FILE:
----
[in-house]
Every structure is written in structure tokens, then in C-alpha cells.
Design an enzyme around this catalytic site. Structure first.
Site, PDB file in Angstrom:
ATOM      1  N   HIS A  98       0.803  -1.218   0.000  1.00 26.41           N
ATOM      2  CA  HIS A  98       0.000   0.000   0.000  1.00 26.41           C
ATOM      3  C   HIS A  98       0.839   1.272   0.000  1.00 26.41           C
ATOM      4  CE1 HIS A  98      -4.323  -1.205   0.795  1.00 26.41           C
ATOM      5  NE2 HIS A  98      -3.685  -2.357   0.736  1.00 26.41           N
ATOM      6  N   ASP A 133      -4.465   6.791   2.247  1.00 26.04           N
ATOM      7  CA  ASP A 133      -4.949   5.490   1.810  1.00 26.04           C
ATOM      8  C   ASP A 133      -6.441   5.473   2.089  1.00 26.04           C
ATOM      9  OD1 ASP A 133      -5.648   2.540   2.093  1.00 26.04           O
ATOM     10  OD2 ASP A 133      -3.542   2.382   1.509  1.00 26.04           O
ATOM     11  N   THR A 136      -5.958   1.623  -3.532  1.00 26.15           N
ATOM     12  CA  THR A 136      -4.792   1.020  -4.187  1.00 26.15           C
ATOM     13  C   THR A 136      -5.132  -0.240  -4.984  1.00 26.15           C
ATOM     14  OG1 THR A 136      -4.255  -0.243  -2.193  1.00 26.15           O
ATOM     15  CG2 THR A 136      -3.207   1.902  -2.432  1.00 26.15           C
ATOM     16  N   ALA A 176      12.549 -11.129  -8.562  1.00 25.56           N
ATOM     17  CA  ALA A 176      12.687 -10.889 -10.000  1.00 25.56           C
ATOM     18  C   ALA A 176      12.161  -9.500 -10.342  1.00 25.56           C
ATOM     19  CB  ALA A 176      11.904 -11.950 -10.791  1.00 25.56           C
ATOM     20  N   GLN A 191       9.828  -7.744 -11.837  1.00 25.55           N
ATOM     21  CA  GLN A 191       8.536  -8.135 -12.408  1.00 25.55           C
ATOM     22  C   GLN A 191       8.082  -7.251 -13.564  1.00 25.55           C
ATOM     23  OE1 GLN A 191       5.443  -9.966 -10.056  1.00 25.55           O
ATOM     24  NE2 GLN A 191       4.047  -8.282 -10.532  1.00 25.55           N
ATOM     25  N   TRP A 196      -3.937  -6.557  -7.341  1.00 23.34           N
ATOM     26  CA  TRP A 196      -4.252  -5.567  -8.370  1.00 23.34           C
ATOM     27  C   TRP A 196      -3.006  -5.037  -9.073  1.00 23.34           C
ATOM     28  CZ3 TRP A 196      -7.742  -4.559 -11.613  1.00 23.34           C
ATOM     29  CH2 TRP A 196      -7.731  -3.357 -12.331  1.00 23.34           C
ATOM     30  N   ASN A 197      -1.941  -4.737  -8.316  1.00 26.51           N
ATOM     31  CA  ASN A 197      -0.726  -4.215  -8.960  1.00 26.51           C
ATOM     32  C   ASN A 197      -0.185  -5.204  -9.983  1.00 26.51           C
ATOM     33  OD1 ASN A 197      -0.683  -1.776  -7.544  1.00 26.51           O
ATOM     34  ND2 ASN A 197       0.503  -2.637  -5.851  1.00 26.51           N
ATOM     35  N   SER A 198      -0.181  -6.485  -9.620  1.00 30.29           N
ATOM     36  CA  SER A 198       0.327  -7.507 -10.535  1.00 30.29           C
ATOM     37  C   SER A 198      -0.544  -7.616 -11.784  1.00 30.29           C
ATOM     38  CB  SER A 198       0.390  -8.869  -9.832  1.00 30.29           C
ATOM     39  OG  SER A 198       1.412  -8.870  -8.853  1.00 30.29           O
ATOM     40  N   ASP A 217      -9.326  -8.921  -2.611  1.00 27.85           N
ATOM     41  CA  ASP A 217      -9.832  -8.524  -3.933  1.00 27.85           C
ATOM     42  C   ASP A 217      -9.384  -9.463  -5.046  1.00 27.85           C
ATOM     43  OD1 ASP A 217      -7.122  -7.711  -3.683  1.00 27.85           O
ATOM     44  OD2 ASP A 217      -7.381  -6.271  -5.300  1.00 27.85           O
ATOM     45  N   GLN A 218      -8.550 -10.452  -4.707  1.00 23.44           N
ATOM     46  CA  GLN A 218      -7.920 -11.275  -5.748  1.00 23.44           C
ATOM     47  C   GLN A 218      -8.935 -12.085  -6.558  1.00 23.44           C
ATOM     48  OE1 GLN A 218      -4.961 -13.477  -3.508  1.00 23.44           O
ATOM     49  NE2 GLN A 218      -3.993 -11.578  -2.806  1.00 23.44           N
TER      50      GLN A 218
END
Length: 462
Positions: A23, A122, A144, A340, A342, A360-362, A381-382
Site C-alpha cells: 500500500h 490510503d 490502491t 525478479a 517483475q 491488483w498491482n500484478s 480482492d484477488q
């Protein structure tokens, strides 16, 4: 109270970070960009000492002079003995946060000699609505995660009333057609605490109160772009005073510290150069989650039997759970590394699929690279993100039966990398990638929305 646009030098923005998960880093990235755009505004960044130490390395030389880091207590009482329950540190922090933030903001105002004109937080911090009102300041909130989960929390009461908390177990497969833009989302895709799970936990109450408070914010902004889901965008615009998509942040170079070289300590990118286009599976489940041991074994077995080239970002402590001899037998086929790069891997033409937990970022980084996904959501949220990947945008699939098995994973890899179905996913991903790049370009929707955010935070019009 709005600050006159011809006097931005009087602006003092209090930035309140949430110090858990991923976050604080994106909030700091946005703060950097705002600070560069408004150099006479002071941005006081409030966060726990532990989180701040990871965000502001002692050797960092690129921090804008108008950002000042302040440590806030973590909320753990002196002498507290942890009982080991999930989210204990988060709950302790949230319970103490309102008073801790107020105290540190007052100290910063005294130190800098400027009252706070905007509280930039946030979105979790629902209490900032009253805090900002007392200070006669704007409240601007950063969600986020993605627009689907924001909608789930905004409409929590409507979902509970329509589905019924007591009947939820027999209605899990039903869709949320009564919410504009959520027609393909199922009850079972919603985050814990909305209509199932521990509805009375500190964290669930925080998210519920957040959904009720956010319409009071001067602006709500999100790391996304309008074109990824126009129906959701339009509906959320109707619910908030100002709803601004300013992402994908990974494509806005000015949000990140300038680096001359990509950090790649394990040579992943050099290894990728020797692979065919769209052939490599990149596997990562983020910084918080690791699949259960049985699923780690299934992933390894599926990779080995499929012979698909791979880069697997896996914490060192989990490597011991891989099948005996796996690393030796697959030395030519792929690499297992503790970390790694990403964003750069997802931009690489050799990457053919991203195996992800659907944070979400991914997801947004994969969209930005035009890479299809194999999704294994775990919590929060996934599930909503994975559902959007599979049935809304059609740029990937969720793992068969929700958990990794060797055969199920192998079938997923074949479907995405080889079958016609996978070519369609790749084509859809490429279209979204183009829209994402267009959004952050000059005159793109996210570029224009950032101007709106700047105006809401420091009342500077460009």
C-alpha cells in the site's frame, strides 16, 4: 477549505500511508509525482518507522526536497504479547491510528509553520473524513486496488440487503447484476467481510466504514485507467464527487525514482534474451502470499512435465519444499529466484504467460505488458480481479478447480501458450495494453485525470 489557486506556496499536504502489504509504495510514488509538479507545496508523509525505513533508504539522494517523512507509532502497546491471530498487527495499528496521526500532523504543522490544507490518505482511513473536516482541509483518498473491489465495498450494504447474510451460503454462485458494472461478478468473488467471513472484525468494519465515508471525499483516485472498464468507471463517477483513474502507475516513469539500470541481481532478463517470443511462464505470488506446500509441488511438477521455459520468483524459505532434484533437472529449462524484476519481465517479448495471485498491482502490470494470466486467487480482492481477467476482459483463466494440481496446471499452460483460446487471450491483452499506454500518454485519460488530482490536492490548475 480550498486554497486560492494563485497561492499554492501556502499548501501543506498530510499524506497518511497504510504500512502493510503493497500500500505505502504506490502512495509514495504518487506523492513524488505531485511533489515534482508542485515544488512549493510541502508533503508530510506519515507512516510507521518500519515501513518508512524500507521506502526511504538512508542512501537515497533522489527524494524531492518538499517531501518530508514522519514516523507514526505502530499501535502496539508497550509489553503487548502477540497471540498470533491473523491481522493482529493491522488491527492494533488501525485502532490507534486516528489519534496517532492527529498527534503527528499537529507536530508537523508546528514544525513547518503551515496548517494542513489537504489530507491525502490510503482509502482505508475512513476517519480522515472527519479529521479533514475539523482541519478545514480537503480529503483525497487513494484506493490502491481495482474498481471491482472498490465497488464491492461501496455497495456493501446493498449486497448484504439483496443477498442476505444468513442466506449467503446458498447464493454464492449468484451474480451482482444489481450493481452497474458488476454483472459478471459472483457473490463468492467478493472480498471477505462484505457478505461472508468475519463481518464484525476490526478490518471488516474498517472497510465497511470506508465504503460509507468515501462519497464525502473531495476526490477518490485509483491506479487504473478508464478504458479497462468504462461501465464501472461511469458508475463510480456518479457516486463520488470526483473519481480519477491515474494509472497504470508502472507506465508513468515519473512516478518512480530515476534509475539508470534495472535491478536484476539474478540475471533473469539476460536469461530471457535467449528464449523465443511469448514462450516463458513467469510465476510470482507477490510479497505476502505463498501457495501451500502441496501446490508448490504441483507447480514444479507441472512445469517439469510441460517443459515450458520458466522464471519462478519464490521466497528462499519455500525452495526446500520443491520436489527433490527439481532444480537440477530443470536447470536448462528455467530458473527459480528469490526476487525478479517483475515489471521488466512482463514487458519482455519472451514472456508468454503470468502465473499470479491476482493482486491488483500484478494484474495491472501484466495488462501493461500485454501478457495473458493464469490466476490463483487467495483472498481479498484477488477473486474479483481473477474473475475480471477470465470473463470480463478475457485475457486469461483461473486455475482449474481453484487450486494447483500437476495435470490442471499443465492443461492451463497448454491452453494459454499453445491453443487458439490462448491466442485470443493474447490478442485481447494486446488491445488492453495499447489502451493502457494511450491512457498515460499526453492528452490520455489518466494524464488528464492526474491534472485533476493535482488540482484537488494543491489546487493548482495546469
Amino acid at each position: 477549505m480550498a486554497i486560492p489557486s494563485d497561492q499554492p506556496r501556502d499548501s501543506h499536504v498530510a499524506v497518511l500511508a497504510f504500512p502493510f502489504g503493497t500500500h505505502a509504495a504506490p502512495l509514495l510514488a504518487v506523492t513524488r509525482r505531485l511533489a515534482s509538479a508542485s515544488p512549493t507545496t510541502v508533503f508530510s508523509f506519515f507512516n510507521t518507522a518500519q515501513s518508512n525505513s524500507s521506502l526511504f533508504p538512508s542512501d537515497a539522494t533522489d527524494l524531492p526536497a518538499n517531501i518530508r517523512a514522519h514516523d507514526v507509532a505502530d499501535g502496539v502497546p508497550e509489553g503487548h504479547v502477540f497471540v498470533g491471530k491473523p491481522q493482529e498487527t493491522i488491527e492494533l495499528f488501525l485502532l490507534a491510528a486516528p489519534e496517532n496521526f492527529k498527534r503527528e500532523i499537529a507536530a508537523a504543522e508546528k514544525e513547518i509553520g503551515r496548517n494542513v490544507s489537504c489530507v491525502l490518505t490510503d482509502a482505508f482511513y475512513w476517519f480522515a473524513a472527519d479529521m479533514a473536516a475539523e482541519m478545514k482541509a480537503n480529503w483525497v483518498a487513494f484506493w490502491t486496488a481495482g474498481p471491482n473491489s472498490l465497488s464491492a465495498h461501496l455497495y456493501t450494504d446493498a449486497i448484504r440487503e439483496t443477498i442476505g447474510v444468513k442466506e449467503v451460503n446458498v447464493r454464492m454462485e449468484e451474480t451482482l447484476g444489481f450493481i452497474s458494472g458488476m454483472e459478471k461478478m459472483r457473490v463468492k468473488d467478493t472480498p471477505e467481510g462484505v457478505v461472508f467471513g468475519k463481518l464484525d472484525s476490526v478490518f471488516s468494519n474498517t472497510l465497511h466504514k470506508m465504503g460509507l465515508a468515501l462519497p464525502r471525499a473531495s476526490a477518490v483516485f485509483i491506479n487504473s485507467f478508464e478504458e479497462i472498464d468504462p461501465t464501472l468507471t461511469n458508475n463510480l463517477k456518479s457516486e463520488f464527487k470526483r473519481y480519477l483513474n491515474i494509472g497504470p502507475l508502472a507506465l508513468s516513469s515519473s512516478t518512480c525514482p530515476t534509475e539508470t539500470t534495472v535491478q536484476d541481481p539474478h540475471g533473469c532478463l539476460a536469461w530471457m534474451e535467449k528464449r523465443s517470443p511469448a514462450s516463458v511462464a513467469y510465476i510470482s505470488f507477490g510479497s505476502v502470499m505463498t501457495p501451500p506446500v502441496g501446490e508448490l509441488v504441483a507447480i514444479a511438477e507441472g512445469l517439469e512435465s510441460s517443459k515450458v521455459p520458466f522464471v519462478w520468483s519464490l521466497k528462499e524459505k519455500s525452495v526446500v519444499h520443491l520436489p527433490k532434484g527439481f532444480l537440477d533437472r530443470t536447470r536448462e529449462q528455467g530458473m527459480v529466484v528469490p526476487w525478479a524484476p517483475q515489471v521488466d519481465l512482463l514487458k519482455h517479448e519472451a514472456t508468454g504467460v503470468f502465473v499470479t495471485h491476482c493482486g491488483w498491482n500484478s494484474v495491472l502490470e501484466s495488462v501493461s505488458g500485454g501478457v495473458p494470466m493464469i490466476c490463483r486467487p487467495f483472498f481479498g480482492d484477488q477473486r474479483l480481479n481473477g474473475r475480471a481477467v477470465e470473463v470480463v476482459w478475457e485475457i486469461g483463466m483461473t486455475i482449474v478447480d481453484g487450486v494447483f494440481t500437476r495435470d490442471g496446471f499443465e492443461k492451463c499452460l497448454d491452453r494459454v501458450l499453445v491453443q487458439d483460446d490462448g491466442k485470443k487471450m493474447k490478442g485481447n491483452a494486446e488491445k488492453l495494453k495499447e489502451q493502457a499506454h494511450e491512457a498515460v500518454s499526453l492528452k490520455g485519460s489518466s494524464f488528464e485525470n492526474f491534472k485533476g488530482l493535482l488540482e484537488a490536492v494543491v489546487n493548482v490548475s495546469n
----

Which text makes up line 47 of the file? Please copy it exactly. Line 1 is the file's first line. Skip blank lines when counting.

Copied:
ATOM     43  OD1 ASP A 217      -7.122  -7.711  -3.683  1.00 27.85           O